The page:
(11) Tabarzad M, Atabaki V and Hosseinabadi T. Antiinflammatory Activity of Bioactive Compoundsfrom Microalgae and Cyanobacteria by Focusingon the Mechanisms of Action. Mol. Biol. Rep.(2020) 47: 6193-205.
(12) Derikvand P, Llewellyn CA and Purton S.Cyanobacterial metabolites as a source ofsunscreens and moisturizers: a comparison withcurrent synthetic compounds. Eur. J. Phycol.
(2017) 52: 43-56.
(13) Rastogi RP and Incharoensakdi A. Occurrence 414Tabarzad M et al. / IJPR (2021), 20 (4): 405-414and induction of a ultraviolet-absorbing substancein the cyanobacterium Fischerella muscicolaTISTR8215. Phycological Res. (2015) 63: 51-5.
(14) Gharib R, Tabarzad M and Hosseinabadi T. Effectof High Salinity on Mycosporine-Like AminoAcid Production in Desmodesmus sp. Trends Pept.Protein Sci. (2020) 5: 1-6.
(15) Hajimahmoodi M, Faramarzi MA, MohammadiN, Soltani N, Oveisi MR and Nafissi-VarchehN. Evaluation of antioxidant properties and totalphenolic contents of some strains of microalgae. J.Appl. Phycol. (2010) 22: 43-50.
(16) Nübel U, Garcia-Pichel F and Muyzer G.PCR primers to amplify 16S rRNA genes fromcyanobacteria. Appl. Environ. Microbiol. (1997)63: 3327-32.
(17) Valerio E, Chambel L, Paulino S, Faria N, PereiraP and Tenreiro R. Molecular identification, typingand traceability of cyanobacteria from freshwaterreservoirs. Microbiology (2009) 155: 642-56.
(18) Sinha RP. Biochemical characterization ofsunscreening mycosporine-like amino acids fromtwo Nostoc species inhabiting diverse habitats.Protoplasma (2015) 252: 199-208.
(19) Hu C, Völler G, Süßmuth R, Dittmann E and KehrJC. Functional assessment of mycosporine-likeamino acids in Microcystis aeruginosa strain PCC7806. Environ. Microbiol. (2015) 17: 1548-59.
(20) Carreto JI and Carignan MO. Mycosporine-likeamino acids: relevant secondary metabolites.Chemical and ecological aspects. Mar. Drugs(2011) 9: 387-446.
(21) Rosic NN. Mycosporine-like amino acids: makingthe foundation for organic personalised sunscreens.Mar. Drugs (2019) 17: 638.
(22) Ngoennet S, Nishikawa Y, Hibino T, WaditeeSirisattha R and Kageyama H. A method for theisolation and characterization of mycosporinelike amino acids from cyanobacteria. Meth. Prot.(2018) 1: 46.
(23) Wada N, Sakamoto T and Matsugo S. Mycosporinelike amino acids and their derivatives as naturalantioxidants. Antioxidants (2015) 4: 603-46.
(24) Shang JL, Zhang ZC, Yin XY, Chen M, HaoFH, Wang K, Feng JL, Xu HF, Yin YC, TangHR and Qiu BS. UV-B induced biosynthesis ofa novel sunscreen compound in solar radiationand desiccation tolerant cyanobacteria. Environ.Microbiol. (2018) 20: 200-13.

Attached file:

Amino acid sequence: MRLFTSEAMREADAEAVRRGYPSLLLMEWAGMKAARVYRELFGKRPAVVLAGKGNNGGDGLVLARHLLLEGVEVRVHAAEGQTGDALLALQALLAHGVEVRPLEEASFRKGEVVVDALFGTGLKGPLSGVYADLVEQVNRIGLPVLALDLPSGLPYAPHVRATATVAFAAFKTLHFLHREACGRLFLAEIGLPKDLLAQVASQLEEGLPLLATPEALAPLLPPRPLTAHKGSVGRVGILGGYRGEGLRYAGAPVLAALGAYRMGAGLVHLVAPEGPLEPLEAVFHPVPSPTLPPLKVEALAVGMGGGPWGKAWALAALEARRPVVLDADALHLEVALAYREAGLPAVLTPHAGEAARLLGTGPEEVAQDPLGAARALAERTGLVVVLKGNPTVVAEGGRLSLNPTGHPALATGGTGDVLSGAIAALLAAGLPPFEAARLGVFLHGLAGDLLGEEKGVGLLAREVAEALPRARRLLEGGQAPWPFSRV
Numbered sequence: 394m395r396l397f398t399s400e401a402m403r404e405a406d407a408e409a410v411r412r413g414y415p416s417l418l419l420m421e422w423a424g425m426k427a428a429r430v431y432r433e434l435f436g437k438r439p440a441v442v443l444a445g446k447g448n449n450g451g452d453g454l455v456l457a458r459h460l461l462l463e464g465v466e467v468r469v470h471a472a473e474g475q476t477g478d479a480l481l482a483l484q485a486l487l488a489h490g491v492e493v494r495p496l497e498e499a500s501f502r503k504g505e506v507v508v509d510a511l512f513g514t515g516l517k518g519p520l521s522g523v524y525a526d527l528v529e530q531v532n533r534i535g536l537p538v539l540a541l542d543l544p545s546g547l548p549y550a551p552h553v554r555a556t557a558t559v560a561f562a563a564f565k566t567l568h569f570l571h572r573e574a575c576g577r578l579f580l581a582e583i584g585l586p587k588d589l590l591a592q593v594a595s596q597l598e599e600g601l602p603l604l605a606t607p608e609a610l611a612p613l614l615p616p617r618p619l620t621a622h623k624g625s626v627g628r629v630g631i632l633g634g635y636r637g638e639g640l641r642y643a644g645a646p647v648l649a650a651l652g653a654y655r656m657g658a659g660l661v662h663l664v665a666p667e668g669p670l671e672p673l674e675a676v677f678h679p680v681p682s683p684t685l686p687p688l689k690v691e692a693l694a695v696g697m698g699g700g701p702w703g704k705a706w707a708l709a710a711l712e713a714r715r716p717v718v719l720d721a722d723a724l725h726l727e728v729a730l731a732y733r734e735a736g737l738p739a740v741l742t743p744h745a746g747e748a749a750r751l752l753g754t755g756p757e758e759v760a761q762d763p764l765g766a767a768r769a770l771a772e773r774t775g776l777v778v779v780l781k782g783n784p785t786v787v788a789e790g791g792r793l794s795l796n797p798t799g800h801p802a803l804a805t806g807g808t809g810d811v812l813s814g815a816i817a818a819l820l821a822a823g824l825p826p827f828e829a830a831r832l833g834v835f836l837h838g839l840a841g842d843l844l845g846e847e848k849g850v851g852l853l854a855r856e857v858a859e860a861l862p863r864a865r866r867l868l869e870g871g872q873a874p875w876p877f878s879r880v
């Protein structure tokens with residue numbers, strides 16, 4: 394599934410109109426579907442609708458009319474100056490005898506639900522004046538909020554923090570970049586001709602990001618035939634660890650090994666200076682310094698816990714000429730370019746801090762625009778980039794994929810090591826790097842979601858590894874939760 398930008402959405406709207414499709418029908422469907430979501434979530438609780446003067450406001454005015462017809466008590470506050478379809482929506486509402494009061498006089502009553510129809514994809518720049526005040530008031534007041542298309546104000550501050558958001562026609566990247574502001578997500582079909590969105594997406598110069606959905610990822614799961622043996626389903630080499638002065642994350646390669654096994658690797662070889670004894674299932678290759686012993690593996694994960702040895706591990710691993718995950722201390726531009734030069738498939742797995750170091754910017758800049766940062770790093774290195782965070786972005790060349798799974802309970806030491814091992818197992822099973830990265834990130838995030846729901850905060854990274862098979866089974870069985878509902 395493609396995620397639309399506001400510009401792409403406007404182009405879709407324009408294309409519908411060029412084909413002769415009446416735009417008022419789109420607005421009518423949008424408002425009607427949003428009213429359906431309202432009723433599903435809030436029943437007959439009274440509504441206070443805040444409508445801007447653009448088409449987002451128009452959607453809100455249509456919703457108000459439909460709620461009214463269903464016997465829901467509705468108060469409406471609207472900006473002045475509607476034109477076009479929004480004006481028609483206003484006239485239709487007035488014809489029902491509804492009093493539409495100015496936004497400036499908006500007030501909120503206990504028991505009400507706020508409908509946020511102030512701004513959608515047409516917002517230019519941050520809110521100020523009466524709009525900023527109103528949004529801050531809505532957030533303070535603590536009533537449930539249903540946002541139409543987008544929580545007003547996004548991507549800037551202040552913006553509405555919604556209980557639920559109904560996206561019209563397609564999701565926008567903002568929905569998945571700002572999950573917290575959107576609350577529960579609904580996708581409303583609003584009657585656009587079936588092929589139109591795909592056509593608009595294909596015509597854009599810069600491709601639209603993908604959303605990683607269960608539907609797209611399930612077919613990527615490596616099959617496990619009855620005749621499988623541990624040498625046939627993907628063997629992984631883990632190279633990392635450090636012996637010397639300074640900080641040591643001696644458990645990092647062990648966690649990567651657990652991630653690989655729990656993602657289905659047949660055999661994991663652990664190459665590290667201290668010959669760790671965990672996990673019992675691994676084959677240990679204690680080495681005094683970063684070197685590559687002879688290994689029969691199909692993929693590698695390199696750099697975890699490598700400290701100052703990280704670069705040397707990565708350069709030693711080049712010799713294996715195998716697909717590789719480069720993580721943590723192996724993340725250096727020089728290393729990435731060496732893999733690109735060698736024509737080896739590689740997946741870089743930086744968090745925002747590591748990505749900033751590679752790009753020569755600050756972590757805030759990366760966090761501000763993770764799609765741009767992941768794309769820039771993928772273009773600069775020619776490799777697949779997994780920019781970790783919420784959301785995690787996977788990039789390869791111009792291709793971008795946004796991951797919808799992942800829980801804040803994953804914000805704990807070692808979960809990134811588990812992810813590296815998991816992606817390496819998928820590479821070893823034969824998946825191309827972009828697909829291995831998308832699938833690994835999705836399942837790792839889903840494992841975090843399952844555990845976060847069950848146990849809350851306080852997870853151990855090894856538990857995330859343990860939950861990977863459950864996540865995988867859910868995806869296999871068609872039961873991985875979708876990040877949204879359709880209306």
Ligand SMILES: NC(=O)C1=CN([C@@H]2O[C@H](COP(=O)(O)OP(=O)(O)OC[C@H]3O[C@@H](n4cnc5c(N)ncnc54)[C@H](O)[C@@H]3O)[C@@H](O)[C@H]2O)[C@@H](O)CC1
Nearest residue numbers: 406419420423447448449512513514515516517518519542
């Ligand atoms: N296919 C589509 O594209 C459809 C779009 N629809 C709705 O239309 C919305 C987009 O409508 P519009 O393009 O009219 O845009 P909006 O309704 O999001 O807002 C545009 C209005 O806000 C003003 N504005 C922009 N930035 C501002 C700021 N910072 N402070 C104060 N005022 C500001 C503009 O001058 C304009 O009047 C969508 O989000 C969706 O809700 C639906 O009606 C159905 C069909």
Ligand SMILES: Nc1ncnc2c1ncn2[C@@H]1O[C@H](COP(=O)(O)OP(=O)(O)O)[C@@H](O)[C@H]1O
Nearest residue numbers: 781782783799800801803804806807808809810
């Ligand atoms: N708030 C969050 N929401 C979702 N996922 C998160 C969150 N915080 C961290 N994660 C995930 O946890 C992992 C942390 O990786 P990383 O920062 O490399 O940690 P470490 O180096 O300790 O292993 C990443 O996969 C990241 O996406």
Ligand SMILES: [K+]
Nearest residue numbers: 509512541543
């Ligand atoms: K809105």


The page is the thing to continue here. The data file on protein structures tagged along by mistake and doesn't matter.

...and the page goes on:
(25) Babele PK, Singh G, Singh A, Kumar A, TyagiMB and Sinha RP. UV-B radiation and temperaturestress-induced alterations in metabolic eventsand defense mechanisms in a bloom-formingcyanobacterium Microcystis aeruginosa. ActaPhysiol. Plant. (2017) 39: 248.
(26) Cardozo KH, Vessecchi R, Galembeck SE,Guaratini T, Gates PJ, Pinto E, Lopes NP andColepicolo P. A fragmentation study of di-acidicmycosporine-like amino acids in electrospray andnanospray mass spectrometry. J. Braz. Chem. Soc.(2009) 20: 1625-31.
(27) Tsuge Y, Kawaguchi H, Yamamoto S, NishigamiY, Sota M, Ogino C and Kondo A. Metabolicengineering of Corynebacterium glutamicumfor production of sunscreen shinorine. Biosci.Biotechnol. Biochem. (2018) 82: 1252-9.
(28) Rastogi R, Madamwar D and Incharoensakdi A.Sun-screening bioactive compounds mycosporinelike amino acids in naturally occurringcyanobacterial biofilms: role in photoprotection. J.Appl. Microbiol. (2015) 119: 753-62.
(29) Geraldes V, Jacinavicius FR, Genuário DB and PintoE. Identification and distribution of mycosporinelike amino acids in Brazilian cyanobacteria usingultrahigh-performance liquid chromatography withdiode array detection coupled to quadrupole timeof-flight mass spectrometry. Rapid Commun MassSpectrom. (2020) 34: 8634.
(30) Yang G, Cozad MA, Holland DA, Zhang Y,Luesch H and Ding Y. Photosynthetic productionof sunscreen shinorine using an engineeredcyanobacterium. ACS Synth. Biol. (2018) 16: 664-71.